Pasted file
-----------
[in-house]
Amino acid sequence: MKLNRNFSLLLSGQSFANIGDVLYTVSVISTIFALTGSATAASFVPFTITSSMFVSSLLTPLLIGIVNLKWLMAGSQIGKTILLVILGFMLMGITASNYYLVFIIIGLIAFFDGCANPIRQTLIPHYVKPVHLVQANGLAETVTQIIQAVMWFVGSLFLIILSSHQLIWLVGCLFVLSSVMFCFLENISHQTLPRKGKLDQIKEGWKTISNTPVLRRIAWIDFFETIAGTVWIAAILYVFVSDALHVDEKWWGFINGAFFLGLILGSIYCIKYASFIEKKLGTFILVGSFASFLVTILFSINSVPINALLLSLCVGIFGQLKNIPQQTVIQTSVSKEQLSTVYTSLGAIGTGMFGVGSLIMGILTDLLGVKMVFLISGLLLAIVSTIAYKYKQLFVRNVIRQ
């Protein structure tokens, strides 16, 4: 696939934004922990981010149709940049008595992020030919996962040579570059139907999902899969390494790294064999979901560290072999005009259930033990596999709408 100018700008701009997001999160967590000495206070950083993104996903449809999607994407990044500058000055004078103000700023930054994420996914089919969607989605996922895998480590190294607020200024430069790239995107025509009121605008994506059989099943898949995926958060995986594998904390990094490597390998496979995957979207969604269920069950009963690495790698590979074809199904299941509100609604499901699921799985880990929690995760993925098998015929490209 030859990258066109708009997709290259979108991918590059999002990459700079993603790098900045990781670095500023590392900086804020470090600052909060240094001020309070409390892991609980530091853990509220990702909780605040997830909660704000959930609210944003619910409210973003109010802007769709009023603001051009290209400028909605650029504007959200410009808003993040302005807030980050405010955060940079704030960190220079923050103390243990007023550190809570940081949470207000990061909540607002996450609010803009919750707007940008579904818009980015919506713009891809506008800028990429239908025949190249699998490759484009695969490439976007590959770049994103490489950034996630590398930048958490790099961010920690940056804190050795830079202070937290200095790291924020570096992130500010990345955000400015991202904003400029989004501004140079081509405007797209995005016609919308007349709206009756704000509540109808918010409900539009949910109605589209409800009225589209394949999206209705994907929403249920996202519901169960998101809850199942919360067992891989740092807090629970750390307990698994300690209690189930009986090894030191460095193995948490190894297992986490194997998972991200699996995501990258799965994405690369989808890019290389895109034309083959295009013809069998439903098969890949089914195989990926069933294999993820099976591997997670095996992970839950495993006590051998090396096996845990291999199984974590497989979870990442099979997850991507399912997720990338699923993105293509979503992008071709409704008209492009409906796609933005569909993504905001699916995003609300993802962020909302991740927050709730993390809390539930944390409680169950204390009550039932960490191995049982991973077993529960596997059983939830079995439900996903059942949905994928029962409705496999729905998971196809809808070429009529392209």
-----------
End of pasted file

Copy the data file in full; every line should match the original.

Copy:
[in-house]
Amino acid sequence: MKLNRNFSLLLSGQSFANIGDVLYTVSVISTIFALTGSATAASFVPFTITSSMFVSSLLTPLLIGIVNLKWLMAGSQIGKTILLVILGFMLMGITASNYYLVFIIIGLIAFFDGCANPIRQTLIPHYVKPVHLVQANGLAETVTQIIQAVMWFVGSLFLIILSSHQLIWLVGCLFVLSSVMFCFLENISHQTLPRKGKLDQIKEGWKTISNTPVLRRIAWIDFFETIAGTVWIAAILYVFVSDALHVDEKWWGFINGAFFLGLILGSIYCIKYASFIEKKLGTFILVGSFASFLVTILFSINSVPINALLLSLCVGIFGQLKNIPQQTVIQTSVSKEQLSTVYTSLGAIGTGMFGVGSLIMGILTDLLGVKMVFLISGLLLAIVSTIAYKYKQLFVRNVIRQ
């Protein structure tokens, strides 16, 4: 696939934004922990981010149709940049008595992020030919996962040579570059139907999902899969390494790294064999979901560290072999005009259930033990596999709408 100018700008701009997001999160967590000495206070950083993104996903449809999607994407990044500058000055004078103000700023930054994420996914089919969607989605996922895998480590190294607020200024430069790239995107025509009121605008994506059989099943898949995926958060995986594998904390990094490597390998496979995957979207969604269920069950009963690495790698590979074809199904299941509100609604499901699921799985880990929690995760993925098998015929490209 030859990258066109708009997709290259979108991918590059999002990459700079993603790098900045990781670095500023590392900086804020470090600052909060240094001020309070409390892991609980530091853990509220990702909780605040997830909660704000959930609210944003619910409210973003109010802007769709009023603001051009290209400028909605650029504007959200410009808003993040302005807030980050405010955060940079704030960190220079923050103390243990007023550190809570940081949470207000990061909540607002996450609010803009919750707007940008579904818009980015919506713009891809506008800028990429239908025949190249699998490759484009695969490439976007590959770049994103490489950034996630590398930048958490790099961010920690940056804190050795830079202070937290200095790291924020570096992130500010990345955000400015991202904003400029989004501004140079081509405007797209995005016609919308007349709206009756704000509540109808918010409900539009949910109605589209409800009225589209394949999206209705994907929403249920996202519901169960998101809850199942919360067992891989740092807090629970750390307990698994300690209690189930009986090894030191460095193995948490190894297992986490194997998972991200699996995501990258799965994405690369989808890019290389895109034309083959295009013809069998439903098969890949089914195989990926069933294999993820099976591997997670095996992970839950495993006590051998090396096996845990291999199984974590497989979870990442099979997850991507399912997720990338699923993105293509979503992008071709409704008209492009409906796609933005569909993504905001699916995003609300993802962020909302991740927050709730993390809390539930944390409680169950204390009550039932960490191995049982991973077993529960596997059983939830079995439900996903059942949905994928029962409705496999729905998971196809809808070429009529392209």